Devoted Edge readers will recall that I wasn’t the biggest fan of the latest ROG Zephyrus G14. The model we received had a lot of good things about it – Asus had improved the aspect ratio, added a webcam, made the touchpad bigger, and fixed just about every other complaint I had about G14s of the past .
But the unit I had for review was the best SKU, and it was just too expensive.
Specifically, the Radeon RX 6800S / Ryzen 9 6900HS model I received was priced at $2,499.99. That puts it in the same price bracket as some of the more premium 15-inch gaming rigs on the market, including Razer’s Blade 15 Advanced – and well above the price of the larger, more capable G15. It wasn’t a good deal. But I noted in the review that Asus intends to sell cheaper models of the G14 and that these models, if they produce similar frame rates, could be phenomenal buys.
Well, I finally got my hands on one of these cheaper models. I’m typing this right now on a $1,649.99 model of the Zephyrus G14 which has the same Ryzen 9 6900HS CPU but swaps out that 6800S GPU for a slightly less powerful 6700S. I’ve had a strong suspicion for months that this configuration would offer very similar performance to its $2,499.99 counterpart.
And folks, that suspicion turned out to be correct. The difference in frame rates, while there, is worth nothing. The battery life of the 6700S model is better. It’s thinner and lighter. The only thing it lacks, which the 6800S has, is an animated light display on the lid. The bright display is very cool, and you can pay an extra $850 if you want, but I’ll say most people should buy the $1,6499.99 model instead. This is by far a better deal.
For all things G14 chassis, please see the 6800S G14 review I posted in February. There I detailed the keyboard, touchpad, webcam, screen, and other design and hardware aspects. These are all the same on the 6700S model, so I’ll just discuss the performance differences here.
The cheaper G14 averaged 189fps on Counter-Strike: Global Offensive at maximum settings and native resolution (2560 x 1600). The previous model displayed an average of 202 frames per second. This difference won’t be noticeable to anyone using these machines since the highest refresh rate the G14’s 120Hz screen can display is 120fps.
You can see an impact on other titles – but not the one worth $850. The 6700S had some issues with ray tracing, which almost halved frame rates – but that’s exactly what we saw from the 6800S too. The cheaper model averaged 63 fps with ray tracing off and 32 fps with ray tracing maxed out, while the older model averaged 70 fps and 37 fps, respectively. Like I said, baby potatoes.
And on Red Dead Redemption 2 with all sliders manually maximized, the cheapest model averaged 45 fps, while the most expensive SKU averaged 49 fps. I promise that four frames will have no impact on your life.
Fan noise and heat were similar to what I observed on the 6800S, which is to say they were fine. The noise wasn’t particularly bothersome while gaming and didn’t interfere with the game audio; when I put the device on the Quiet profile for general work, it did indeed go quiet. Even during a decent workload that included an external display, there was never more than a little heat on the keyboard. The palm rests felt warm while gaming, but not quite uncomfortably.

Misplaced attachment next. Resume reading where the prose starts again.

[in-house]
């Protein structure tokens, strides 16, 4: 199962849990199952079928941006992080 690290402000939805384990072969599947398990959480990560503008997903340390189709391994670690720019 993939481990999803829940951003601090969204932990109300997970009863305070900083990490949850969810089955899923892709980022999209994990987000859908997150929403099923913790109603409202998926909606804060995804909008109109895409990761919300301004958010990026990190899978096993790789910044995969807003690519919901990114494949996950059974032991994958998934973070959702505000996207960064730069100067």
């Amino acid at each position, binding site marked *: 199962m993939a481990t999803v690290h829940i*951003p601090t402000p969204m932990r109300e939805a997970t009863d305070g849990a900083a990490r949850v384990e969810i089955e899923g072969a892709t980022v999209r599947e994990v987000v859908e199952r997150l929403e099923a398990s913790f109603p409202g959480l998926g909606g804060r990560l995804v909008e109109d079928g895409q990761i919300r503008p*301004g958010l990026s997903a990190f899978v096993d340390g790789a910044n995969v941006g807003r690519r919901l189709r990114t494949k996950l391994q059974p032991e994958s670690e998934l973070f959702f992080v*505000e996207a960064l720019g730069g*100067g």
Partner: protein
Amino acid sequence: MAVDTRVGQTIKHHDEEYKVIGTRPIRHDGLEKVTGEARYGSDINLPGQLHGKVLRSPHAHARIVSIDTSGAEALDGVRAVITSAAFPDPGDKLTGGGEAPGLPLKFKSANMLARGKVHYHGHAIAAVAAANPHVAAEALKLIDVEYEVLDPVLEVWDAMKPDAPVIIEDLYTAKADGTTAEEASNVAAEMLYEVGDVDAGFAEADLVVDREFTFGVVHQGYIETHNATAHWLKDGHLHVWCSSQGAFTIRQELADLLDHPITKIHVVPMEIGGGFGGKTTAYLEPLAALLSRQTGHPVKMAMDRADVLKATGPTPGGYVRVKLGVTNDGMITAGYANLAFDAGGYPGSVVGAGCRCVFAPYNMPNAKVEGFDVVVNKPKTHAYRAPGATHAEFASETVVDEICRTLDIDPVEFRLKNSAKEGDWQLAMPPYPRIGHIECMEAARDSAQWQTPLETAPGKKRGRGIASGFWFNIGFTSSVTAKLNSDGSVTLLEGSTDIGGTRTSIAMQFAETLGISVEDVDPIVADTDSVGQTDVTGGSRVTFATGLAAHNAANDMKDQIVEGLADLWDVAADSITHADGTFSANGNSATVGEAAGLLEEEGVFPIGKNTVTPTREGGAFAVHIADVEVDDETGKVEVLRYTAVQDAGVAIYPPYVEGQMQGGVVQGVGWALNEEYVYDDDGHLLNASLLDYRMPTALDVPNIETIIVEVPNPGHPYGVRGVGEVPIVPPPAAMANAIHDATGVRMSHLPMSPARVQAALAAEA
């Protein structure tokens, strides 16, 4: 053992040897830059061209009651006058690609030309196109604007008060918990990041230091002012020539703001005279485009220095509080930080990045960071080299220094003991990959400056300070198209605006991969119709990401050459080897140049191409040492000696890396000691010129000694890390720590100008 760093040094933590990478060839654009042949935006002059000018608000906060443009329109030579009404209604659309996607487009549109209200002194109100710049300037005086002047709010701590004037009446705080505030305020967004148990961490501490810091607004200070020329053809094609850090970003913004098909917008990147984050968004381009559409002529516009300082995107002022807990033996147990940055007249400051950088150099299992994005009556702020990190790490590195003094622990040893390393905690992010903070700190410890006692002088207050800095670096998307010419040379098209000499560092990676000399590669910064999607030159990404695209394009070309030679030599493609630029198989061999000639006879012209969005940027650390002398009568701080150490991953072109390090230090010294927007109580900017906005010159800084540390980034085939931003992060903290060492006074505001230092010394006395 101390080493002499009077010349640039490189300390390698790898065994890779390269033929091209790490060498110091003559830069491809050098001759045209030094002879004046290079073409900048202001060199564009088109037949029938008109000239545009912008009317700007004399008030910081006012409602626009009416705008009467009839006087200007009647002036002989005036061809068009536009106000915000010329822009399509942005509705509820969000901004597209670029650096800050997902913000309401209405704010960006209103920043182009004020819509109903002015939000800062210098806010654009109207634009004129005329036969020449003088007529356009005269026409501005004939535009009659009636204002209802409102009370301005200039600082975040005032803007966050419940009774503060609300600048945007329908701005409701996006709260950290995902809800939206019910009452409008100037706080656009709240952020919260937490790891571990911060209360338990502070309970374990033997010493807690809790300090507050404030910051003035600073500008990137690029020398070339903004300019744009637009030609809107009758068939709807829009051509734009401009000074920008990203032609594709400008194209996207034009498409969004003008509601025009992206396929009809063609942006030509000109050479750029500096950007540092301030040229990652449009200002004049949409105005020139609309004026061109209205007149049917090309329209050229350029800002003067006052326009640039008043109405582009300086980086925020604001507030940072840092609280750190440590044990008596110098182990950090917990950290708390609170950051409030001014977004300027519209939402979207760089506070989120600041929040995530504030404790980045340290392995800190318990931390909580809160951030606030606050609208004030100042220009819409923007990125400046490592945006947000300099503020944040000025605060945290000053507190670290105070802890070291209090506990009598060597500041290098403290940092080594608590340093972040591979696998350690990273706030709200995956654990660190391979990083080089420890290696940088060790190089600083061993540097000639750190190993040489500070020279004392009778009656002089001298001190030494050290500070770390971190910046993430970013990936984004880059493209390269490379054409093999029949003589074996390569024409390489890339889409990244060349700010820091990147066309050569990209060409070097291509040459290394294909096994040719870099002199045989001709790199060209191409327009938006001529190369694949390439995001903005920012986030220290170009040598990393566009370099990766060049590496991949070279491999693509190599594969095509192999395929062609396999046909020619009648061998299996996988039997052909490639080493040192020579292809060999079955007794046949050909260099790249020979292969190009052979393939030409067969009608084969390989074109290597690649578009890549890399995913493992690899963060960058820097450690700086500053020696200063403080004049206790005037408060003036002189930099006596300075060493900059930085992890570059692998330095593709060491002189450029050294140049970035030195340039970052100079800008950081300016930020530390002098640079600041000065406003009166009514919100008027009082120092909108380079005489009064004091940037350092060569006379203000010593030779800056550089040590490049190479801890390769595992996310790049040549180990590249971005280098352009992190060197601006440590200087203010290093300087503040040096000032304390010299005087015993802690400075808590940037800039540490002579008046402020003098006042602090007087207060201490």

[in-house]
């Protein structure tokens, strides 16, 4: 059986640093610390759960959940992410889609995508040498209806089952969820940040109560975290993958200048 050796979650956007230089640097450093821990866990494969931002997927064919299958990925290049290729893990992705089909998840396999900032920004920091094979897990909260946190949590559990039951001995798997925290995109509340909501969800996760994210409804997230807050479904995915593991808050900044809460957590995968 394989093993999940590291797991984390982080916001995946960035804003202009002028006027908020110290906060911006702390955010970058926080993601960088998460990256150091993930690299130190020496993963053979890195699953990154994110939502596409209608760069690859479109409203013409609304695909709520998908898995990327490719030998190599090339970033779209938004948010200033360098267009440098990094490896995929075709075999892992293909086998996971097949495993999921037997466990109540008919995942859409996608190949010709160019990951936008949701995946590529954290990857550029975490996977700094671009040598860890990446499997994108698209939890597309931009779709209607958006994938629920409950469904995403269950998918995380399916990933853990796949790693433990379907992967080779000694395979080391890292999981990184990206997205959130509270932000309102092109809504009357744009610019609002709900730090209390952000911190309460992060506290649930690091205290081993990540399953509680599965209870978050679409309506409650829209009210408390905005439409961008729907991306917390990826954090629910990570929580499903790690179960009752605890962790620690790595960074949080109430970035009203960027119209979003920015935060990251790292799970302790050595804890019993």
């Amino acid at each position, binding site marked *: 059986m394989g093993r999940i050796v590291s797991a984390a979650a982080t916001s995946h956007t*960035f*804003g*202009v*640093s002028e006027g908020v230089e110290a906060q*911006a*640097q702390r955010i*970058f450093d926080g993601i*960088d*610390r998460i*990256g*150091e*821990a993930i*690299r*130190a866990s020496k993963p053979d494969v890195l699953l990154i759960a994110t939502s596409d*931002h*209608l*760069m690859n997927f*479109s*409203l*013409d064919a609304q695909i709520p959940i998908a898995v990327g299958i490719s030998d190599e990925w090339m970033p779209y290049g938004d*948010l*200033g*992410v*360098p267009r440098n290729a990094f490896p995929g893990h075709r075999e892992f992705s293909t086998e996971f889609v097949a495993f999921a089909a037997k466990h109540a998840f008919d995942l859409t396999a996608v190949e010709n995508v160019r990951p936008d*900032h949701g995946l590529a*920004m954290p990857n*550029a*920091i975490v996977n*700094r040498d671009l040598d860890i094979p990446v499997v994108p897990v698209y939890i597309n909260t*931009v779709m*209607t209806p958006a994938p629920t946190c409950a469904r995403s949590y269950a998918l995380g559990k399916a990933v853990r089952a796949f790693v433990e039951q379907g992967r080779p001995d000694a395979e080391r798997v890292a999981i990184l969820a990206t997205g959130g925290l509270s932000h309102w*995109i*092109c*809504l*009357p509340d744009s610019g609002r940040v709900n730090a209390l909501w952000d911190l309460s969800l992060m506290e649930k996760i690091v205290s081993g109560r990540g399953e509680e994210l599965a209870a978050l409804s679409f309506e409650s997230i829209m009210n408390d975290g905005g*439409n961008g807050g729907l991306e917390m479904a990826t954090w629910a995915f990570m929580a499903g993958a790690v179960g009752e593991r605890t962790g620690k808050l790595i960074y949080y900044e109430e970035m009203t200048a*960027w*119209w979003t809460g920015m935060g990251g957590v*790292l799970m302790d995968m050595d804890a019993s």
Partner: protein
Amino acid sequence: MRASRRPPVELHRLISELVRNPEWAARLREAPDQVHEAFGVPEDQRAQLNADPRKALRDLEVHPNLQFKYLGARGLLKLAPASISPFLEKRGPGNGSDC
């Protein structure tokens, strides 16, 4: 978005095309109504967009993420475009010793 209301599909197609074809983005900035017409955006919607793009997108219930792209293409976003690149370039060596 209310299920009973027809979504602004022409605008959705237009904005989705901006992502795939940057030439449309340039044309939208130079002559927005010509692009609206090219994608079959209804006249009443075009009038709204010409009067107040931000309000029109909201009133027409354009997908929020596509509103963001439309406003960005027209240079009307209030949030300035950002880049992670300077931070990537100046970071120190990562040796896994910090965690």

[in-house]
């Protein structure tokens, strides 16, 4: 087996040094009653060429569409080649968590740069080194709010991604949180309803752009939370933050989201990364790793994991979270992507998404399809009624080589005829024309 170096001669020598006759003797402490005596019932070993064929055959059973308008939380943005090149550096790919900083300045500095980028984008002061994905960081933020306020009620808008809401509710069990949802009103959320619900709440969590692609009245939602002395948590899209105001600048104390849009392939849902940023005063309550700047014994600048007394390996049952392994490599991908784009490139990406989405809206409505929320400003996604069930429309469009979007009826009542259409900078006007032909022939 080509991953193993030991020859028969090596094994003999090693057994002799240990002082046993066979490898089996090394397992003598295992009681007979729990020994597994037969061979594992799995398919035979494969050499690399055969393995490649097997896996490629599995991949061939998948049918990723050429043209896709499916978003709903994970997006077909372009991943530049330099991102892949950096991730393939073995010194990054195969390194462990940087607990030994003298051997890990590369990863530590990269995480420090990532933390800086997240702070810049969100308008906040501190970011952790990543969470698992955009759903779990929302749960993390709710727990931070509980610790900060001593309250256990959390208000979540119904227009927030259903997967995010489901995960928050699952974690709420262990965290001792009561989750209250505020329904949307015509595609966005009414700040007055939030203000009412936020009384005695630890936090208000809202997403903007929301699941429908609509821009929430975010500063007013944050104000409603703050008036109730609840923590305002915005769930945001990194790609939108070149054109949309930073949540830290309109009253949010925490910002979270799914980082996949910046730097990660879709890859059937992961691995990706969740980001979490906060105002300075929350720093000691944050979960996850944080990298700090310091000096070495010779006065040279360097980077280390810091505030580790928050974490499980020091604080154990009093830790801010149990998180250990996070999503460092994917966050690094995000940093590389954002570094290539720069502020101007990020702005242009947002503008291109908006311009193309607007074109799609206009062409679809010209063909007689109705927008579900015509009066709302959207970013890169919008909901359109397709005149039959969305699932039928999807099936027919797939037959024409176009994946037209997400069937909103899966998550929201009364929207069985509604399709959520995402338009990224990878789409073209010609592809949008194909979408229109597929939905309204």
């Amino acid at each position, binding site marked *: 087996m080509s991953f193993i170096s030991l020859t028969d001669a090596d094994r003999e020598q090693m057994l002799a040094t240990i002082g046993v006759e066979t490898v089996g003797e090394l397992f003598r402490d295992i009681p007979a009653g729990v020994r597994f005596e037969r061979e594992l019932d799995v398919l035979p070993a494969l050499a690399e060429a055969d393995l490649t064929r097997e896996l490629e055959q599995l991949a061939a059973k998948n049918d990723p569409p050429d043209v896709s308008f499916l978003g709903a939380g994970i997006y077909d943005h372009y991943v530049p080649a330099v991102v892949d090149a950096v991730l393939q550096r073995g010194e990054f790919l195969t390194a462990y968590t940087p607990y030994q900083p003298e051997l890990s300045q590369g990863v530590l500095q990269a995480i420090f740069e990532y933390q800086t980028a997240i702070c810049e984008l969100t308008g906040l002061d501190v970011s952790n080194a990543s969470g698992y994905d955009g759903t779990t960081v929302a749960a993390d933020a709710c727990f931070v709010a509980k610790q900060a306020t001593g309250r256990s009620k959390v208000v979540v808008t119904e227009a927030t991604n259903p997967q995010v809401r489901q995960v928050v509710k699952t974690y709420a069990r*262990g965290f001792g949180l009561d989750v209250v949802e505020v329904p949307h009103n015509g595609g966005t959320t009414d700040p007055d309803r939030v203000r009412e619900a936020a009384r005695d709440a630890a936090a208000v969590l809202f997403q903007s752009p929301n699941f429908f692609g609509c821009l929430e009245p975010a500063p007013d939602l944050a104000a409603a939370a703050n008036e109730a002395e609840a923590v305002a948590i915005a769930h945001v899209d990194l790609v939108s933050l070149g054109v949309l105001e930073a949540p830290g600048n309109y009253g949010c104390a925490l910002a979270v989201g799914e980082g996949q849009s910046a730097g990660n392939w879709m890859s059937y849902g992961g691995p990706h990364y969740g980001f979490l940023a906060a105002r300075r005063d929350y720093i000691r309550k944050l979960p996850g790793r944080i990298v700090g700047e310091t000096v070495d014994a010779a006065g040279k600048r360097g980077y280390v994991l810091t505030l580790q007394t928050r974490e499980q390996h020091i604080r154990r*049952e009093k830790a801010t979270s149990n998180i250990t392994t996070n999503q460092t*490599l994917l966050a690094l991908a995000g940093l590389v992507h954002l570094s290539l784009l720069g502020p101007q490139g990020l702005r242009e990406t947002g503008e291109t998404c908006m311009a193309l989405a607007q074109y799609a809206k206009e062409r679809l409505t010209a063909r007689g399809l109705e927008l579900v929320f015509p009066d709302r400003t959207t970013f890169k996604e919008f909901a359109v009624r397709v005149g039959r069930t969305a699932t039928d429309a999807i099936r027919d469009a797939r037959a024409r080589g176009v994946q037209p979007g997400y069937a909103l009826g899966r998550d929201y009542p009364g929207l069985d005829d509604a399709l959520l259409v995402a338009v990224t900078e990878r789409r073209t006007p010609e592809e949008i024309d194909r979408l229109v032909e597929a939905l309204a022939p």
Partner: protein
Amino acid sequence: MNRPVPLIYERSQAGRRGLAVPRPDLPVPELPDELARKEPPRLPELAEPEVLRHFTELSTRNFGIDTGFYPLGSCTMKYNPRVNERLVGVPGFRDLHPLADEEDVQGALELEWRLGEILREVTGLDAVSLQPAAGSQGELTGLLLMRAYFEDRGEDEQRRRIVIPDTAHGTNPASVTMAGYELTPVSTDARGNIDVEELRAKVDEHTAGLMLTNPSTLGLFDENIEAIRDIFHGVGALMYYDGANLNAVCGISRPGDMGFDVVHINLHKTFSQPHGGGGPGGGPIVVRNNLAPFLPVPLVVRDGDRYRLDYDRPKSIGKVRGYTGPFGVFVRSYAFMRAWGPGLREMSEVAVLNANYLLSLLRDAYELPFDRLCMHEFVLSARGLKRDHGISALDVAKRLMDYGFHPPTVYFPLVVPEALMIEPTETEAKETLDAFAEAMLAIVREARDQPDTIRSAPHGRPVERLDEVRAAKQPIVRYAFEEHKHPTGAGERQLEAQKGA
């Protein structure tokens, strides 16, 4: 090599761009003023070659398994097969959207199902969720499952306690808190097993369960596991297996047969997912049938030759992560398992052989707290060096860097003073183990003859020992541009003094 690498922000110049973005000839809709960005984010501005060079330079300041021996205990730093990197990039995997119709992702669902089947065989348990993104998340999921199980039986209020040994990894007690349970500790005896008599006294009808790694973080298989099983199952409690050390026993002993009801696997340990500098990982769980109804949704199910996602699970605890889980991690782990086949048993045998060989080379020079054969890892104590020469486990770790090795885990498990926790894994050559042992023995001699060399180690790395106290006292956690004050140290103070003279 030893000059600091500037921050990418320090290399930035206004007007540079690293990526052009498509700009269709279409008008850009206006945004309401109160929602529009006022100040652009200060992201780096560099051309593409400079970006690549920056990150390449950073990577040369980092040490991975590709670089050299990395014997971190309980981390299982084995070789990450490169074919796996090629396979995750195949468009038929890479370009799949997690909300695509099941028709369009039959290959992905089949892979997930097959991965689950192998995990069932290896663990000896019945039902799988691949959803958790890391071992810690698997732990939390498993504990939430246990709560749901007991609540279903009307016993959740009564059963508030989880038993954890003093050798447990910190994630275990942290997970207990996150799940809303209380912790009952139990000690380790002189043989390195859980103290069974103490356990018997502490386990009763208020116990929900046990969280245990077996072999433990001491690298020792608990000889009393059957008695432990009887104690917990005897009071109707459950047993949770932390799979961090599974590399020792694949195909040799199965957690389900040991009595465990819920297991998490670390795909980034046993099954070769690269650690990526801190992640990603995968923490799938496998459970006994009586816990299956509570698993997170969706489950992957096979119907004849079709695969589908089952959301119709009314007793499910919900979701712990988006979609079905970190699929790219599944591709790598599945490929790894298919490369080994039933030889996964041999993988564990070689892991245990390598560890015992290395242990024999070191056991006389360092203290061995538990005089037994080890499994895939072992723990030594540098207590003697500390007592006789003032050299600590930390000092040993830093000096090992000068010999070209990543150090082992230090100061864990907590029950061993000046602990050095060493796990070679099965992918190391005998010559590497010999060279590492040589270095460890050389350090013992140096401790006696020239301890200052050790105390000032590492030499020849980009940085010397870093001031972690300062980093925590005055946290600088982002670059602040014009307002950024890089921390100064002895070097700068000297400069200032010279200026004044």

Where I saw a difference was in battery life. The 6700S averaged eight hours and 55 minutes of general use at medium brightness, a good hour compared to the 6800S. This metric puts the G14 back on the map as one of the most durable gaming laptops of recent years. The gaming battery didn’t show quite the same improvement. I have 46 minutes of Red Dead Redemption 2 gaming with around 39 minutes of playtime, while I got 54 and 46 minutes from the more expensive unit, but it’s hard to draw any conclusions on gaming battery life. load was exactly the same: 60% in 41 minutes.
The only other difference between this model and the 6800S is size. It’s slightly lighter (3.64 pounds versus the 6800S’s 3.79 pounds) and thinner (0.73 inches to 0.77 inches). That’s obviously not the biggest difference in the world, and it’s a fairly light gaming laptop anyway. But this is yet another slight advantage of the cheaper model. It’s much lighter than the Razer Blade 14 and much more compact than larger machines that can deliver those frame rates. I brought this device on an international trip and loved how light it was to load into an otherwise packed backpack.
So the Zephyrus G14 is, once again, one of the best gaming laptops money can buy. You can just go ahead and buy this 6700S model unless you really like nice animated lights. This model is price competitive with the premium sphere, unlike the animated light model: the closest Razer Blade 14 would cost $2,599.99 ($950 more, but with a higher refresh rate screen) and a comparable Alienware X14 (with a lower refresh rate-screen resolution) would be $1,949. And, it far outpaces larger competitors: the Blade 15 Advanced with an RTX 3070 Ti is currently priced at $2,999.99 ($950 more), as is the RTX 3070 Ti Blade 15 Base (with lower resolution) .
And that’s not even taking into account the G14’s other advantages over much of the competition, including its lightweight chassis, premium keyboard, and (most importantly) its 16:10 display. The $1,649.99 price tag makes it much easier (and more justifiable) to appreciate the real innovations Asus has made and continues to make in this space.